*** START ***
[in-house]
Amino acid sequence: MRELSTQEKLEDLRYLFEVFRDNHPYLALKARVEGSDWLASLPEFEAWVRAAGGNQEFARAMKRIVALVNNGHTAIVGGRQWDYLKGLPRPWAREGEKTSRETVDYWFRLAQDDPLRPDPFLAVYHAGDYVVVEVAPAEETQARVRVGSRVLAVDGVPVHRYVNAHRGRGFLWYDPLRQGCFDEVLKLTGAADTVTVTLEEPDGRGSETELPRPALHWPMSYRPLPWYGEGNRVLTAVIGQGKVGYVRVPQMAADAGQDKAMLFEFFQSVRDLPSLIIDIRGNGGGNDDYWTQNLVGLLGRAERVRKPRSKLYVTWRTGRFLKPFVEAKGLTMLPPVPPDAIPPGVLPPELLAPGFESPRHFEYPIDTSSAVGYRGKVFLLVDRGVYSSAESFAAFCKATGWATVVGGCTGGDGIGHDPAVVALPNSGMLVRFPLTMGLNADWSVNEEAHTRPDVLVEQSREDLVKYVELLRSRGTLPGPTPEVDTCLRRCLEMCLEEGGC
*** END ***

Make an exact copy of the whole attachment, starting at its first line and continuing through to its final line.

[in-house]
Amino acid sequence: MRELSTQEKLEDLRYLFEVFRDNHPYLALKARVEGSDWLASLPEFEAWVRAAGGNQEFARAMKRIVALVNNGHTAIVGGRQWDYLKGLPRPWAREGEKTSRETVDYWFRLAQDDPLRPDPFLAVYHAGDYVVVEVAPAEETQARVRVGSRVLAVDGVPVHRYVNAHRGRGFLWYDPLRQGCFDEVLKLTGAADTVTVTLEEPDGRGSETELPRPALHWPMSYRPLPWYGEGNRVLTAVIGQGKVGYVRVPQMAADAGQDKAMLFEFFQSVRDLPSLIIDIRGNGGGNDDYWTQNLVGLLGRAERVRKPRSKLYVTWRTGRFLKPFVEAKGLTMLPPVPPDAIPPGVLPPELLAPGFESPRHFEYPIDTSSAVGYRGKVFLLVDRGVYSSAESFAAFCKATGWATVVGGCTGGDGIGHDPAVVALPNSGMLVRFPLTMGLNADWSVNEEAHTRPDVLVEQSREDLVKYVELLRSRGTLPGPTPEVDTCLRRCLEMCLEEGGC